Thursday, January 21, 2010

Fireman. Nurse. Unicorn.

An iconic staple of an American childhood is being ask what you, the little one, wants to be when you grow up. The answers can be grouped as either extremely pragmatic or highly impractical (never anything in between) and are recalled by your family long into adulthood (even as the information seems an absurd folly best attributed to a complete stranger: your four-year-old self). Fireman. Nurse. Unicorn. I wanted to be an architect (this was also my dad's idea, so either it was a shared dream, or a transferred one). So when I saw the article in today's New York Times on young architects that were finding new angles for their dreams in this rocky economy that seems to be hating on jobs for architects (notes to architects: join the club), it made me think. What do I want to be when I grow up (i.e. right now)? Many of my friends have taken definite paths that seem to suit them: politicians, pr executives, lawyers, PhD's in obscure topics.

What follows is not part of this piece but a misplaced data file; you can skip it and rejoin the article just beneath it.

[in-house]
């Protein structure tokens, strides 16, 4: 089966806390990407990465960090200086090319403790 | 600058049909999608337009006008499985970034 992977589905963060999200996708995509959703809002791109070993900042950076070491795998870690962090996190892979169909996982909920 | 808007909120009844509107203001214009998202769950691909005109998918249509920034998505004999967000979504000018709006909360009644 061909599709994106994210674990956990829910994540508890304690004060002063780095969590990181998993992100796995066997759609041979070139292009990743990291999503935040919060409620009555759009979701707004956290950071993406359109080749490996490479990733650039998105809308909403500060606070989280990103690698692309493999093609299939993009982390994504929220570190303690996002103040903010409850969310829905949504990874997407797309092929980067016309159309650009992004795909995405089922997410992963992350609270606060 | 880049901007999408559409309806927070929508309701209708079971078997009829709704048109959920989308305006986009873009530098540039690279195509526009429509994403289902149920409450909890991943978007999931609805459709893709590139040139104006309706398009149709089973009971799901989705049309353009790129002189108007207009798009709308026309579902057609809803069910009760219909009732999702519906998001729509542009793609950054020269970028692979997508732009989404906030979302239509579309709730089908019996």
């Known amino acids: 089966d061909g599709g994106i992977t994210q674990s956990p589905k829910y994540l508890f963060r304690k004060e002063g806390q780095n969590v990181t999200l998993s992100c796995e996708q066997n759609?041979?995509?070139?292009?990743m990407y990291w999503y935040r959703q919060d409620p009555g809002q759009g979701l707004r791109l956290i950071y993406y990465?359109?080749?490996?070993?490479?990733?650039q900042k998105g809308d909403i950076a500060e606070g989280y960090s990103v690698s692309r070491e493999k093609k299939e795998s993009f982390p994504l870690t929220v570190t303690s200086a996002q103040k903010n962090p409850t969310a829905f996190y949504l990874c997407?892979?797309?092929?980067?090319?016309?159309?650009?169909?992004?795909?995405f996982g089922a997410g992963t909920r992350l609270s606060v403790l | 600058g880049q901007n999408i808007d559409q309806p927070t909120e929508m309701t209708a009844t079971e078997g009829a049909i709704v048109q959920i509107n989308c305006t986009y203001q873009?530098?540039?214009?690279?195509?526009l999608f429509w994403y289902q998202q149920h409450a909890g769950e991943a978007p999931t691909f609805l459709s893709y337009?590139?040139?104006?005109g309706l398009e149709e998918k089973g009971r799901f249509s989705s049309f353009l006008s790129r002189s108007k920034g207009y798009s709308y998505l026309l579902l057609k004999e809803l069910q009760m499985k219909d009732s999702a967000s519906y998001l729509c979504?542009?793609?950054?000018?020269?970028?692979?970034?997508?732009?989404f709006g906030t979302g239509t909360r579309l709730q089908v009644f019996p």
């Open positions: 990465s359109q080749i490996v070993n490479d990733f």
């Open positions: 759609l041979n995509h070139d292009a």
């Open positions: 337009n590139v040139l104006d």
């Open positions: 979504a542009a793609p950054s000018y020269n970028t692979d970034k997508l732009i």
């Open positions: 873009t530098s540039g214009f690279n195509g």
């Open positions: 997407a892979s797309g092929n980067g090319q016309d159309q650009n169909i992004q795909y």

I've pursued this and that, but what am I? My response to this article was surely influenced by a day spent updating my resume, an obscurely professional part of adulthood that - when done correctly - doesn't look like me at all (at least not the parts that I'd like to meet at a dinner party). Which makes me think that maybe the most savvy thing I can do in this new economy - like these young jobless architects are discovering - is be myself. This can't be an excuse for dalliance. I must commit myself to the varied things I'm passionate about, as determined as my friends who study for the bar or their orals or campaign for public office. I need to stop seeing my mix of interests as a deficit and start seeing its value. Because I suspect that professional resilience and diversity will be staples of this new economy. And that's pretty exciting to imagine, especially since being an architect never worked out.

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